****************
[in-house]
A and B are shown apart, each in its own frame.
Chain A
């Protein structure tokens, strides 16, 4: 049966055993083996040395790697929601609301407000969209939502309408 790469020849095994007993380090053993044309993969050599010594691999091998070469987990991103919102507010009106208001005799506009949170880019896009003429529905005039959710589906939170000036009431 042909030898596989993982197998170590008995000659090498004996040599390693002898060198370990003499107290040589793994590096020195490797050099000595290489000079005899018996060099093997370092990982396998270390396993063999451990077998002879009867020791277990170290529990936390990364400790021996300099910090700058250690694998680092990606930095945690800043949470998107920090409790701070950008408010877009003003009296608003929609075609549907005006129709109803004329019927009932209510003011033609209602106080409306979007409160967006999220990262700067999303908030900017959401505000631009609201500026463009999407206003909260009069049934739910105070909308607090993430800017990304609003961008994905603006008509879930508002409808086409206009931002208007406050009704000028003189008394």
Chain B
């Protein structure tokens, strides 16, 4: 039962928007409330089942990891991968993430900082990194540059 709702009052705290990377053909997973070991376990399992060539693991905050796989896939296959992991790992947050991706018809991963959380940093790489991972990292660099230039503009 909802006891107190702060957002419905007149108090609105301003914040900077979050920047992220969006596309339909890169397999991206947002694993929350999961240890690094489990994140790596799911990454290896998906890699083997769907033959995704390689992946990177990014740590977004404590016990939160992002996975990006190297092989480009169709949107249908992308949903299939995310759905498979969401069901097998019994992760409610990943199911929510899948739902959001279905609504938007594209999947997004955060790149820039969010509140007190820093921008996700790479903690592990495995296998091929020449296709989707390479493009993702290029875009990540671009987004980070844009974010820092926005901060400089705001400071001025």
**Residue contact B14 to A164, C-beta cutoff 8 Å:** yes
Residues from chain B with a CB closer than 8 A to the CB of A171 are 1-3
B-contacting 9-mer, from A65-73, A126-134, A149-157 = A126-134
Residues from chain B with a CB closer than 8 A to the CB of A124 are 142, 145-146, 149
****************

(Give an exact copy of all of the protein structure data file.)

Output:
[in-house]
A and B are shown apart, each in its own frame.
Chain A
């Protein structure tokens, strides 16, 4: 049966055993083996040395790697929601609301407000969209939502309408 790469020849095994007993380090053993044309993969050599010594691999091998070469987990991103919102507010009106208001005799506009949170880019896009003429529905005039959710589906939170000036009431 042909030898596989993982197998170590008995000659090498004996040599390693002898060198370990003499107290040589793994590096020195490797050099000595290489000079005899018996060099093997370092990982396998270390396993063999451990077998002879009867020791277990170290529990936390990364400790021996300099910090700058250690694998680092990606930095945690800043949470998107920090409790701070950008408010877009003003009296608003929609075609549907005006129709109803004329019927009932209510003011033609209602106080409306979007409160967006999220990262700067999303908030900017959401505000631009609201500026463009999407206003909260009069049934739910105070909308607090993430800017990304609003961008994905603006008509879930508002409808086409206009931002208007406050009704000028003189008394």
Chain B
């Protein structure tokens, strides 16, 4: 039962928007409330089942990891991968993430900082990194540059 709702009052705290990377053909997973070991376990399992060539693991905050796989896939296959992991790992947050991706018809991963959380940093790489991972990292660099230039503009 909802006891107190702060957002419905007149108090609105301003914040900077979050920047992220969006596309339909890169397999991206947002694993929350999961240890690094489990994140790596799911990454290896998906890699083997769907033959995704390689992946990177990014740590977004404590016990939160992002996975990006190297092989480009169709949107249908992308949903299939995310759905498979969401069901097998019994992760409610990943199911929510899948739902959001279905609504938007594209999947997004955060790149820039969010509140007190820093921008996700790479903690592990495995296998091929020449296709989707390479493009993702290029875009990540671009987004980070844009974010820092926005901060400089705001400071001025």
**Residue contact B14 to A164, C-beta cutoff 8 Å:** yes
Residues from chain B with a CB closer than 8 A to the CB of A171 are 1-3
B-contacting 9-mer, from A65-73, A126-134, A149-157 = A126-134
Residues from chain B with a CB closer than 8 A to the CB of A124 are 142, 145-146, 149